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UK administrators to engage in anti-racist training as part of effort to begin to ‘change the culture’


University of Kentucky President Eli Capilouto on Thursday announced that approximately 50 senior administrators will undergo anti-racist training as a first step in UK’s campus-wide initiative to “change the culture” as a community united against systemic racism.

“Hundreds of members of our campus community are poised to begin the essential work of changing our campus and changing our culture,” Capilouto said. “But those efforts must start with a foundation of knowledge, awareness, education and training that position us for long-term success.”

The training program will be led by Candice Hargons, a professor in UK’s College of Education. She is a counseling psychologist with a national reputation in facilitating trainings and workshops in anti-racist work. Among others, she has led sessions with TimeWarner, Penguin/Random House, the University of Georgia College of Education and the University of Tennessee’s Counseling Center.

Candice Hargons, a professor in UK’s College of Education, will provide anti-racist training for senior administrators at UK.

“The core is to move away from discussing racism as if it is a philosophical debate or a compliance exercise and move into practical, critical, anti-racist action,” Hargons said. “We want to provide senior leaders in the university with the self-awareness and skills to lead by example when it comes to anti-racism, so that when we ask the rest of the staff, faculty and students to shift the culture of the university, they know it is supporting the vision the people with the most systemic power have adopted.”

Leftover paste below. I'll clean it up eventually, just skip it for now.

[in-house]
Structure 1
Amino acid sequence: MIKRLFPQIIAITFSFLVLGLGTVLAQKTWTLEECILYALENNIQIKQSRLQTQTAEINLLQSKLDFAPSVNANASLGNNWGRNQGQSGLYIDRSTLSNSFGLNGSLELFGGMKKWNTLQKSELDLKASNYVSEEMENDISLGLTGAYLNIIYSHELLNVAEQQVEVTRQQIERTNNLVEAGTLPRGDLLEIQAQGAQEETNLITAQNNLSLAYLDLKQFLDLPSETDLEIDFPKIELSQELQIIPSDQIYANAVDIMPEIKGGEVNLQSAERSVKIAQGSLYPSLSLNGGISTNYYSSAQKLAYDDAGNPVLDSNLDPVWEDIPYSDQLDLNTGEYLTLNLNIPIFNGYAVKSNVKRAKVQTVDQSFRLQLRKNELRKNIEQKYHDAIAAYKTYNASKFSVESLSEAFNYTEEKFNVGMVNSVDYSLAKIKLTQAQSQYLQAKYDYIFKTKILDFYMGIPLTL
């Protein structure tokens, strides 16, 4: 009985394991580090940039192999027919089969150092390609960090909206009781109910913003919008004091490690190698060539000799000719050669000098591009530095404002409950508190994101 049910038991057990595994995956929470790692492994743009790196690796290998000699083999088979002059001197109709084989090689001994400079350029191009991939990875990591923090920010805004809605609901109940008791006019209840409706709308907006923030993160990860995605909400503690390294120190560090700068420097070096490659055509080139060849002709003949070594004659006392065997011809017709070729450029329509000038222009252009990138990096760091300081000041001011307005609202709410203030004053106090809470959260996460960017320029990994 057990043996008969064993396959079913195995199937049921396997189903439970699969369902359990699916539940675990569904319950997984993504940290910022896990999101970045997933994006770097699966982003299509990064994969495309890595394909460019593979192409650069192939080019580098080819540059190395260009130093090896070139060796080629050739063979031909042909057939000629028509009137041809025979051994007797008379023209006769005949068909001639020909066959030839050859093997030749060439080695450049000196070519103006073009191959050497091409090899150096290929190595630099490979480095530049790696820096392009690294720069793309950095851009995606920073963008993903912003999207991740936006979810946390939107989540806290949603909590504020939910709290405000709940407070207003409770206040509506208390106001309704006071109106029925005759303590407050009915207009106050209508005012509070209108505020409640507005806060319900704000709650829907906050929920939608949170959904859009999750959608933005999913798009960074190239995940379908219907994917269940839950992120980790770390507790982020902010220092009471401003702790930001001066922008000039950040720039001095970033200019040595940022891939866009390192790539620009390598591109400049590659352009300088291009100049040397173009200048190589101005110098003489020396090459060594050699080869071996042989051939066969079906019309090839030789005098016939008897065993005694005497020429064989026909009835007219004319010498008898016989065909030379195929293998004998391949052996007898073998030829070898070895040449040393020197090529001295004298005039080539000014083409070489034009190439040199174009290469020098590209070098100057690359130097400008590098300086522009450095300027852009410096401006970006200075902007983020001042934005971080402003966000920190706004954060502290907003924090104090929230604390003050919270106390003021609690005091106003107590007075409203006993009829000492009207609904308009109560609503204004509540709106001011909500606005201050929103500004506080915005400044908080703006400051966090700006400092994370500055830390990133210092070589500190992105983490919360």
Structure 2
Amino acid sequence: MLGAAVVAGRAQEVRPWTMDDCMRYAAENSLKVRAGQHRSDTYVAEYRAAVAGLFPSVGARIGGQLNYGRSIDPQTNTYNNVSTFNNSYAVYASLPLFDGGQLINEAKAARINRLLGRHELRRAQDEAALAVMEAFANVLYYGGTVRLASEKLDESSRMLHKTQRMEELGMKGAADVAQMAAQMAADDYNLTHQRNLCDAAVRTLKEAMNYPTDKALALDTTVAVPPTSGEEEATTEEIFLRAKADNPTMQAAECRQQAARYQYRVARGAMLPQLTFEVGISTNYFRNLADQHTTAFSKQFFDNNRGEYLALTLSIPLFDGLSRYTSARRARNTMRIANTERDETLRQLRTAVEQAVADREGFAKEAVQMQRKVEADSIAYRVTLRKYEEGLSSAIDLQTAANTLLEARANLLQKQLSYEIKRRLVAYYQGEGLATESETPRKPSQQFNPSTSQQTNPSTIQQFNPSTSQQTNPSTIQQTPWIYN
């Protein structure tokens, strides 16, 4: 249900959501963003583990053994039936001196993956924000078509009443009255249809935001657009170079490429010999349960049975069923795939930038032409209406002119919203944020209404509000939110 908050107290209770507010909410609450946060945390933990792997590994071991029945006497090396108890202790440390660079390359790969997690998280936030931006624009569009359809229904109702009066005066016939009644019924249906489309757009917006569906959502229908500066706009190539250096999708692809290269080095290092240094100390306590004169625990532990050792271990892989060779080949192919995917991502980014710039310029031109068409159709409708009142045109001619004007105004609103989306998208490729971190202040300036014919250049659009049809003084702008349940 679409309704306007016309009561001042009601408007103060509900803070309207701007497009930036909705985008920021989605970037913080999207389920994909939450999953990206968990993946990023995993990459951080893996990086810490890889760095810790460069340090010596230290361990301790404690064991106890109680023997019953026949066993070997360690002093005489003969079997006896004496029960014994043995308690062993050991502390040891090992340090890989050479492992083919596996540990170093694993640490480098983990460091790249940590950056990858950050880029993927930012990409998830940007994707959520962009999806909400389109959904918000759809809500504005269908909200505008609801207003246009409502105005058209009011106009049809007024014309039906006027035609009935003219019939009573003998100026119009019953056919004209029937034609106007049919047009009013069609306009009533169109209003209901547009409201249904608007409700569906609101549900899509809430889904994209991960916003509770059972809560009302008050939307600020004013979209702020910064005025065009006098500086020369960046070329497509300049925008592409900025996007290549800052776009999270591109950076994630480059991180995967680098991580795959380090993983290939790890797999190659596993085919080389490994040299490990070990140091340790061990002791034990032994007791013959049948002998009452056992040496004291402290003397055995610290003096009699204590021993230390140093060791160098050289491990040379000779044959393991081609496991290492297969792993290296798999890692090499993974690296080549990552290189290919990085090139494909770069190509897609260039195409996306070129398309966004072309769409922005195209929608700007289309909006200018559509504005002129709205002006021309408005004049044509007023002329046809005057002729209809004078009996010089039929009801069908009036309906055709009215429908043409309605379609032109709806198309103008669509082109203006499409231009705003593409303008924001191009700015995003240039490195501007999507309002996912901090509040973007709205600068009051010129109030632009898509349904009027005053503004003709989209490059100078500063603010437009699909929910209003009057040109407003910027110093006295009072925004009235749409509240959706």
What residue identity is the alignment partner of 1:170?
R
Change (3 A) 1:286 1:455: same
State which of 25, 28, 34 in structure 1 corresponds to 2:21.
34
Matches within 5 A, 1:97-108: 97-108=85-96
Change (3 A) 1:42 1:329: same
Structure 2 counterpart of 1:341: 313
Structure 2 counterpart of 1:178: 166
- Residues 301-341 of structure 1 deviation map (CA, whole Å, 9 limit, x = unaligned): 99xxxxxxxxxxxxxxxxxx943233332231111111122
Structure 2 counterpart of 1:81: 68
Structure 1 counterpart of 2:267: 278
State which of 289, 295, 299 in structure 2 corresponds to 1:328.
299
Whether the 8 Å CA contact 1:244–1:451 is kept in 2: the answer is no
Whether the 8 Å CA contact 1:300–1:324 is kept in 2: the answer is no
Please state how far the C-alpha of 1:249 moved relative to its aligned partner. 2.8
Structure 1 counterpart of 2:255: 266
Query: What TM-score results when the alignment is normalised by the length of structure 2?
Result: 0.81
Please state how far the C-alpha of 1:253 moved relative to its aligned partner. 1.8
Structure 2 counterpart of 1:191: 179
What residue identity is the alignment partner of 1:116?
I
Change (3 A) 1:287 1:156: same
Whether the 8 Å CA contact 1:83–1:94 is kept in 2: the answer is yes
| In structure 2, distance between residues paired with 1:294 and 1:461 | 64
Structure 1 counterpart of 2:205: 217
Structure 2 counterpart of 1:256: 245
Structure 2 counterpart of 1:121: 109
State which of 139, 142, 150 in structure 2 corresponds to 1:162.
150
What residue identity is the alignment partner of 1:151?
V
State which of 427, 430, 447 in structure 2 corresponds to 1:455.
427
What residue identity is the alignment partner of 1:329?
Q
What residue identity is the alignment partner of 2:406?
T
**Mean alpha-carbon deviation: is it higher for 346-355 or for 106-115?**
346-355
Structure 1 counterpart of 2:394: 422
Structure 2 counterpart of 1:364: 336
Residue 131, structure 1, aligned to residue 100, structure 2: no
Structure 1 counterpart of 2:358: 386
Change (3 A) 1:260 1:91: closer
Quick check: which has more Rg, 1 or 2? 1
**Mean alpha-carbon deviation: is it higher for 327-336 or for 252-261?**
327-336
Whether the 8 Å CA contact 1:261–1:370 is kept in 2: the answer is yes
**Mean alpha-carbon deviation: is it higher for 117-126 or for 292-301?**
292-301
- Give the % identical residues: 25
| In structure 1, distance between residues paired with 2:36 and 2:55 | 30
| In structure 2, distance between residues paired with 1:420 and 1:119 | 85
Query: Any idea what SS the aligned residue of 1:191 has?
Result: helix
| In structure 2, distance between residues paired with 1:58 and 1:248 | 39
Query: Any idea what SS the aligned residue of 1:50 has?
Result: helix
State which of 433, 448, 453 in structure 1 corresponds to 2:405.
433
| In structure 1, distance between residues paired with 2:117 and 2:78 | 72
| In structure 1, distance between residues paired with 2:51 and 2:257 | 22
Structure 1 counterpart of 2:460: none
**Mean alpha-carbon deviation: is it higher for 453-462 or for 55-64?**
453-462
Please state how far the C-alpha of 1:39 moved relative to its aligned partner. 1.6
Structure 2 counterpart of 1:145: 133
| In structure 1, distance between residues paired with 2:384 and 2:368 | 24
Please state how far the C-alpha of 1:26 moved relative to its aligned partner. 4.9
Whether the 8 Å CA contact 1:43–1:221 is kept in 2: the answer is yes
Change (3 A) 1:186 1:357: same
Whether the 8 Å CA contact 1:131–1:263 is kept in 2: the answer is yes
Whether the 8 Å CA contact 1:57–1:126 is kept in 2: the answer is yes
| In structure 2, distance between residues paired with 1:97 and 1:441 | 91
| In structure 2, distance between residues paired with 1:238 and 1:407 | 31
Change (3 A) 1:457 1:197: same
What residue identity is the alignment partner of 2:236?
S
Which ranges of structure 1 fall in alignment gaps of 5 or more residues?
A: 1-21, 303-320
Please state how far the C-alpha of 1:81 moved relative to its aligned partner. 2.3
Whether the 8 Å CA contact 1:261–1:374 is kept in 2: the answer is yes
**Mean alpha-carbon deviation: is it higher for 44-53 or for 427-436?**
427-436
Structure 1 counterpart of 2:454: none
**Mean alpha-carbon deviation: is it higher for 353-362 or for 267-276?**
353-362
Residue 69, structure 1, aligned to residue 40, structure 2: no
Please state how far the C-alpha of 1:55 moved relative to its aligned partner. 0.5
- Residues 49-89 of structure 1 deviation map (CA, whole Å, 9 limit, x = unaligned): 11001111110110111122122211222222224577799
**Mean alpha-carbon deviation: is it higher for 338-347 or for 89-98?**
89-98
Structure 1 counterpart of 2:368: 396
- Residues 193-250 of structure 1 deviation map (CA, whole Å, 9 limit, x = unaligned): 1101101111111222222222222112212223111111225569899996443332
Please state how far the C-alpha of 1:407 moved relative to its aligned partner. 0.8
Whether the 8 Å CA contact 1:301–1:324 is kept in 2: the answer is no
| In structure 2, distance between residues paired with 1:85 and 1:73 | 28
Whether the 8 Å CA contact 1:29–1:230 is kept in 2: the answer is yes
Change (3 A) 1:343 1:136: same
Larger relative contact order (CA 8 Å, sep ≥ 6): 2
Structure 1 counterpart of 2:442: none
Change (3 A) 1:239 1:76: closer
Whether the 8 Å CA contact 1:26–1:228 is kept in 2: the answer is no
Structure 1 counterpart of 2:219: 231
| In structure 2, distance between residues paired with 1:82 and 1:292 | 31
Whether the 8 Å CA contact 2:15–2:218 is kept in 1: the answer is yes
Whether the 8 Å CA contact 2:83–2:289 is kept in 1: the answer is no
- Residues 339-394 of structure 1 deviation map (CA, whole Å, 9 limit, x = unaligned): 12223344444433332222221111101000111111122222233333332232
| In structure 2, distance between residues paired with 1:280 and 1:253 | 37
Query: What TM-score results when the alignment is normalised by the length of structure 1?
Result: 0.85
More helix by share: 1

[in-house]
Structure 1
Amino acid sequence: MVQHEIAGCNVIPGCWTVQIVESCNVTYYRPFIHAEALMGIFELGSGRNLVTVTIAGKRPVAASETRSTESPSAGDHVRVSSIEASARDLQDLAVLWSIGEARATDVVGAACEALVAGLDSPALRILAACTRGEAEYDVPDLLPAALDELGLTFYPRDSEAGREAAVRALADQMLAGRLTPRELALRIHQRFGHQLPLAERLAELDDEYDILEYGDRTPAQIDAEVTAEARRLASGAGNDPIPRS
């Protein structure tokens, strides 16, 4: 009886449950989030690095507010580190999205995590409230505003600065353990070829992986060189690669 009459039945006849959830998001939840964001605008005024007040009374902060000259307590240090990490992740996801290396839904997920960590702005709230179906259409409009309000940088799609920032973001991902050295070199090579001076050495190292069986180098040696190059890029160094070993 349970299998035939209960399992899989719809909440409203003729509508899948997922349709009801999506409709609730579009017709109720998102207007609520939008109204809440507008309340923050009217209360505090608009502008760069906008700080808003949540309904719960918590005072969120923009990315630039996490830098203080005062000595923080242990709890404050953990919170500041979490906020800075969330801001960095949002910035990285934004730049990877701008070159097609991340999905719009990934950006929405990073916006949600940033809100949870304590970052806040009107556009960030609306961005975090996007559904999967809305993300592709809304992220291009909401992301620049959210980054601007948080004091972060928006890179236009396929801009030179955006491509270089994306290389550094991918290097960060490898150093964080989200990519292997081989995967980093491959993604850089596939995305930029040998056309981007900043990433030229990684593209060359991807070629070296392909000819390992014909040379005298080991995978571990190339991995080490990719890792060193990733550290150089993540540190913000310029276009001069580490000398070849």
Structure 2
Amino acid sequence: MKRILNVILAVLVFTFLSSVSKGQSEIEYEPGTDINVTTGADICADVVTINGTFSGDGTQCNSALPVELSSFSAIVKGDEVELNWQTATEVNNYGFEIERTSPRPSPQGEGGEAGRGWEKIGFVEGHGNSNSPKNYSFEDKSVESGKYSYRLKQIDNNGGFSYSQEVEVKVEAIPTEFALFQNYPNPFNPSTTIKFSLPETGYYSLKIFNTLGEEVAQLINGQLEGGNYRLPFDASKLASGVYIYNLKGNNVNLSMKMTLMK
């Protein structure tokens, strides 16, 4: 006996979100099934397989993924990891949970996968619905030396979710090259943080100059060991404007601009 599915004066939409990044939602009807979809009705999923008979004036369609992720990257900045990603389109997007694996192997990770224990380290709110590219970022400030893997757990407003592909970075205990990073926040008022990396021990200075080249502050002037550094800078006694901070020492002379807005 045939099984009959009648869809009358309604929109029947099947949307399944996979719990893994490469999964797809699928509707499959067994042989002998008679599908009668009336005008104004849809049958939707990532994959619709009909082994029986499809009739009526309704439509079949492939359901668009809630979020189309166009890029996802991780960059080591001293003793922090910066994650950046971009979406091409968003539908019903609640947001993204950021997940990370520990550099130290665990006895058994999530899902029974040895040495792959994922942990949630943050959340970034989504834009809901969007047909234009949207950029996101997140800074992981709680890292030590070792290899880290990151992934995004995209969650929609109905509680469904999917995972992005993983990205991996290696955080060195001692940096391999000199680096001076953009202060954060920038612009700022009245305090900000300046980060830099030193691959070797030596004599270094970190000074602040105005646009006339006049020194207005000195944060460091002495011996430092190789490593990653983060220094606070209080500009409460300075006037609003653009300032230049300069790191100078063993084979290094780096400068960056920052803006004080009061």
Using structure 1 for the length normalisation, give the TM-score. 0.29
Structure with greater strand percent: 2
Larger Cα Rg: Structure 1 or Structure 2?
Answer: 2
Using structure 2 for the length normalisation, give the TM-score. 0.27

The program consists of a two-day training session with administrators over the course of six hours, Hargons said. Sessions include discussions around defining racism and how it can impact organizations and then strategies and tactics for confronting it.

After the intensive training is completed, university leaders and members of the institution’s Diversity, Equity and Inclusion leadership team will work with Hargons to discuss next steps in terms of additional training on campus.

“We know that buy-in is created when there is sustained commitment and true investment from our leaders,” Hargons said. “We want intentional anti-racist policy making, leadership approaches, curricula, and community building, rather than reactive approaches,” Hargons said. “Dismantling systemic racism is not overnight work, so we are preparing leaders for the long game. We’re showing them how to develop grit.”

The University of Kentucky in June announced a campus-wide initiative around Diversity, Equity and Inclusion. UK community members are involved in several projects and initiatives — from increasing diverse faculty, student and staff pipelines to a more intentional diversity master plan around the physical campus.

Earlier this week, UK announced a $10 million research initiative around racial equity and disparity issues as well as the establishment of the Commonwealth Institute for Black Studies, an initiative that will examine historical and social issues around race and racism.

From University of Kentucky

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